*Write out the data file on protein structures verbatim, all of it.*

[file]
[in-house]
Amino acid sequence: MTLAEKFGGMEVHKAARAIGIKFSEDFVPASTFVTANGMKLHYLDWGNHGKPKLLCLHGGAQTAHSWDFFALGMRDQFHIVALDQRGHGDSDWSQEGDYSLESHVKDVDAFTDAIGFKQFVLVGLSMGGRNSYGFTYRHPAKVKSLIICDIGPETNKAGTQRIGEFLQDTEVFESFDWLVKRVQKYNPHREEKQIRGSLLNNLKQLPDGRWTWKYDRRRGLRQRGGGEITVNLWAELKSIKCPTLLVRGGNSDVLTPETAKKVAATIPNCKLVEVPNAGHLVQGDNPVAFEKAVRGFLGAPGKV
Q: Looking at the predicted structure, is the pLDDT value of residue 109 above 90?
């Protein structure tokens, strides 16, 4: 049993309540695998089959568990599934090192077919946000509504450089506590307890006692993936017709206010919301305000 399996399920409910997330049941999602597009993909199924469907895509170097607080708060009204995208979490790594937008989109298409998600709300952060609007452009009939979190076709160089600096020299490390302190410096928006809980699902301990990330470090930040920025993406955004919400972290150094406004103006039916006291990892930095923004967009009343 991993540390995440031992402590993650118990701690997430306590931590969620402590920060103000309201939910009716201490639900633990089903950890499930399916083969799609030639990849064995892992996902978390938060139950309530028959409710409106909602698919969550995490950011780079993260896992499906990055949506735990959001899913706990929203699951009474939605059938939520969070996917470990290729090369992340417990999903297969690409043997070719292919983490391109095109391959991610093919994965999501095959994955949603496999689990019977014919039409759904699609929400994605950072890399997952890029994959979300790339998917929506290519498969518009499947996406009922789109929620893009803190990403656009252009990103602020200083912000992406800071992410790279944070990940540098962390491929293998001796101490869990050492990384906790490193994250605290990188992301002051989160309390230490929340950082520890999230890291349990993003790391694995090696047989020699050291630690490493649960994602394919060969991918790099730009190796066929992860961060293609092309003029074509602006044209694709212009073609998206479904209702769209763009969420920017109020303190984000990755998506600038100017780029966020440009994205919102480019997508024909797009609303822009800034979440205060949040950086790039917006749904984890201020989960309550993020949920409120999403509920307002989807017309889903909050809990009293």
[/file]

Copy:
[in-house]
Amino acid sequence: MTLAEKFGGMEVHKAARAIGIKFSEDFVPASTFVTANGMKLHYLDWGNHGKPKLLCLHGGAQTAHSWDFFALGMRDQFHIVALDQRGHGDSDWSQEGDYSLESHVKDVDAFTDAIGFKQFVLVGLSMGGRNSYGFTYRHPAKVKSLIICDIGPETNKAGTQRIGEFLQDTEVFESFDWLVKRVQKYNPHREEKQIRGSLLNNLKQLPDGRWTWKYDRRRGLRQRGGGEITVNLWAELKSIKCPTLLVRGGNSDVLTPETAKKVAATIPNCKLVEVPNAGHLVQGDNPVAFEKAVRGFLGAPGKV
Q: Looking at the predicted structure, is the pLDDT value of residue 109 above 90?
């Protein structure tokens, strides 16, 4: 049993309540695998089959568990599934090192077919946000509504450089506590307890006692993936017709206010919301305000 399996399920409910997330049941999602597009993909199924469907895509170097607080708060009204995208979490790594937008989109298409998600709300952060609007452009009939979190076709160089600096020299490390302190410096928006809980699902301990990330470090930040920025993406955004919400972290150094406004103006039916006291990892930095923004967009009343 991993540390995440031992402590993650118990701690997430306590931590969620402590920060103000309201939910009716201490639900633990089903950890499930399916083969799609030639990849064995892992996902978390938060139950309530028959409710409106909602698919969550995490950011780079993260896992499906990055949506735990959001899913706990929203699951009474939605059938939520969070996917470990290729090369992340417990999903297969690409043997070719292919983490391109095109391959991610093919994965999501095959994955949603496999689990019977014919039409759904699609929400994605950072890399997952890029994959979300790339998917929506290519498969518009499947996406009922789109929620893009803190990403656009252009990103602020200083912000992406800071992410790279944070990940540098962390491929293998001796101490869990050492990384906790490193994250605290990188992301002051989160309390230490929340950082520890999230890291349990993003790391694995090696047989020699050291630690490493649960994602394919060969991918790099730009190796066929992860961060293609092309003029074509602006044209694709212009073609998206479904209702769209763009969420920017109020303190984000990755998506600038100017780029966020440009994205919102480019997508024909797009609303822009800034979440205060949040950086790039917006749904984890201020989960309550993020949920409120999403509920307002989807017309889903909050809990009293």